When man and the elements collide, Mother Nature always comes out on top. When Superstorm Sandy hit the East Coast of the U.S. last week, she left an enormous amount of destruction and debt in her wake. Although our weather technology has advanced enough to give us adequate warnings and projections about natural disasters, nothing can accurately predict how many lives a severe storm or earthquake will take or how much financial ruin these events will cause.

We’re accustomed to watching the traumatic events of a natural disaster unfold on CNN and other news outlets, but seeing the numbers in print sends a shock to your gut. Here’s a list of history’s five most expensive storms.

  1. Northridge Earthquake. The Northridge earthquake caused a scene of devastation that horror director Wes Craven couldn’t have hoped to approximate when he filmed his very own earthquake shots for “New Nightmare” days earlier. Like a night terror, the earthquake struck Southern California hard and fast on January 17, 1994, waking many people in the middle of the night. The 6.7 magnitude quake hit at 4:31 a.m., damaging 40,000 buildings in the Los Angeles area and devastating the San Fernando Valley. In the end, the calamity took 61 lives and cost $67 billion.
  1. Sichuan Earthquake. The 7.9 magnitude Sichuan earthquake changed life in China forever. The Chinese government had allowed 7,000 shoddy schoolrooms to be built in the Sichuan area. When these schoolrooms collapsed on May 12, 2008, many children’s lives were lost. During a time when the country needed to feel secure with their leadership, the Chinese people’s faith in their government faltered due to cost-cutting measures that directly contributed to the massive death toll. In total, the Sichuan earthquake took 84,000 lives and cost China $89 billion.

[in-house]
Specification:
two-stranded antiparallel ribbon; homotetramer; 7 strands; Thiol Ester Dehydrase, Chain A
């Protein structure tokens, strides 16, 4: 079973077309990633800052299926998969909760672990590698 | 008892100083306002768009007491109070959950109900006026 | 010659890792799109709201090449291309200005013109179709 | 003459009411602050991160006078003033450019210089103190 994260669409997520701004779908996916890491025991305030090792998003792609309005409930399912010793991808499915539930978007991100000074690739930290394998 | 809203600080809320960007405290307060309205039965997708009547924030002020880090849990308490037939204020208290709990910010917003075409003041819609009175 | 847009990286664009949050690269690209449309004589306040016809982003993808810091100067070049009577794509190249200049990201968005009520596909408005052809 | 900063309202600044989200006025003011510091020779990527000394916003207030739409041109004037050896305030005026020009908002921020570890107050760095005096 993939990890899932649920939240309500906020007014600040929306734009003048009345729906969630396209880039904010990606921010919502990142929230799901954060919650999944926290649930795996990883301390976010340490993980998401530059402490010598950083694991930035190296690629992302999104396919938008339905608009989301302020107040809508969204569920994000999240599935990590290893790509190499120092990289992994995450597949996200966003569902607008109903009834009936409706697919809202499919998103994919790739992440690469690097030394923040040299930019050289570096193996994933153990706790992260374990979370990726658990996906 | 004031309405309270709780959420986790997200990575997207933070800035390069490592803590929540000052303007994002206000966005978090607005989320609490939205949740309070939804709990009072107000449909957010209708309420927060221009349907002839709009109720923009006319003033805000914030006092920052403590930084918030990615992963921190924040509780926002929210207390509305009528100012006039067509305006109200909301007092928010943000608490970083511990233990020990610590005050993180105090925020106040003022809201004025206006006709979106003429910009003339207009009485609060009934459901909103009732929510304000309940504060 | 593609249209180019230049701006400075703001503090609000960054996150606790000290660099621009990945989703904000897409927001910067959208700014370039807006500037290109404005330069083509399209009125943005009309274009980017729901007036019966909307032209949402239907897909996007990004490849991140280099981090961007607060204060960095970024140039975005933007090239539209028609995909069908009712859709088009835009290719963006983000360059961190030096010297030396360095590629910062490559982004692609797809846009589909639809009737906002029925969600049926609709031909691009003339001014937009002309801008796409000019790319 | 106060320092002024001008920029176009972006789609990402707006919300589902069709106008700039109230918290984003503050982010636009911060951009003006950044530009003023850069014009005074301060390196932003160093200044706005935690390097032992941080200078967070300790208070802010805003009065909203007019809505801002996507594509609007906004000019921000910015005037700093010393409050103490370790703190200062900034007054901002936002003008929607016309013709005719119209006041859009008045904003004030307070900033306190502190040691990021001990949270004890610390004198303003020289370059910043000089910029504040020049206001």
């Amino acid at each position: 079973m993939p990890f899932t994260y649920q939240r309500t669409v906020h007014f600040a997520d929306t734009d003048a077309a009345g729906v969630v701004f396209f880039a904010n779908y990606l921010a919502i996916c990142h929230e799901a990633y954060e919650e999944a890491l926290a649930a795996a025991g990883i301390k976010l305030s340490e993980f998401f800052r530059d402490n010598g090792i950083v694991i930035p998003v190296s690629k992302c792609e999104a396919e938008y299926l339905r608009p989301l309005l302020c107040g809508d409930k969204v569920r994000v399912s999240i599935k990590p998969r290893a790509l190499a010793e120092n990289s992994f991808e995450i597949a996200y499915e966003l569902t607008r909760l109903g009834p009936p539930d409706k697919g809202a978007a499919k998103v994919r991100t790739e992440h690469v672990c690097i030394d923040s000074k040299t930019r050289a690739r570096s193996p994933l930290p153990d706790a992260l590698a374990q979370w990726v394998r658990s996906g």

1. Hurricane Katrina. On August 28, 2005, Hurricane Katrina smacked the U.S. across the face and reminded us that Mother Nature will hit hard whether we’re ready or not. Despite the government’s delayed and ambivalent response to the tragedy, Americans came together and took on the Big Easy’s trauma with an abundance of compassion and a sense of urgency. This massive category 5 hurricane took 1,322 lives and cost $144 billion.
  1. The Great Hanshin Earthquake. The 7.2 magnitude Great Hanshin earthquake, which occurred on January 17, 1995, wreaked havoc on the northern end of the Japanese Island Awaji, hitting the Hy?go prefecture and its capital Kobe the hardest. After the quake, the Japanese government woke up its disaster prevention authorities and took measures to stabilize bridges and keep buildings from collapsing. By the time the rubble settled, the Great Hanshin earthquake had taken 6,430 lives and had caused $148 billion in economic damage.
  1. The T?hoku Earthquake and Tsunami–March 11, 2011. Just sixteen years after the Great Hanshin earthquake, Japan endured yet another monumental disaster. The T?hoku earthquake measured 9.0 on the Richter scale, and the tsunami it triggered caused severe structural damages, fires, and nuclear meltdowns. The quake struck so hard that it moved Honshu, the main island of Japan, eight feet and changed the axial tilt of earth by somewhere between 10 and 25 centimeters. This record-breaking natural disaster took 15,480 lives and cost $210 billion.

As of October 31, Superstorm Sandy has claimed 59 lives, and the count will continue to rise. Current projections estimate that the storm will cost over $50 billion. While there’s no way of saying for certain how Superstorm Sandy will stack up against these five other catastrophes, she’s already made an indelible impression on people in the U.S.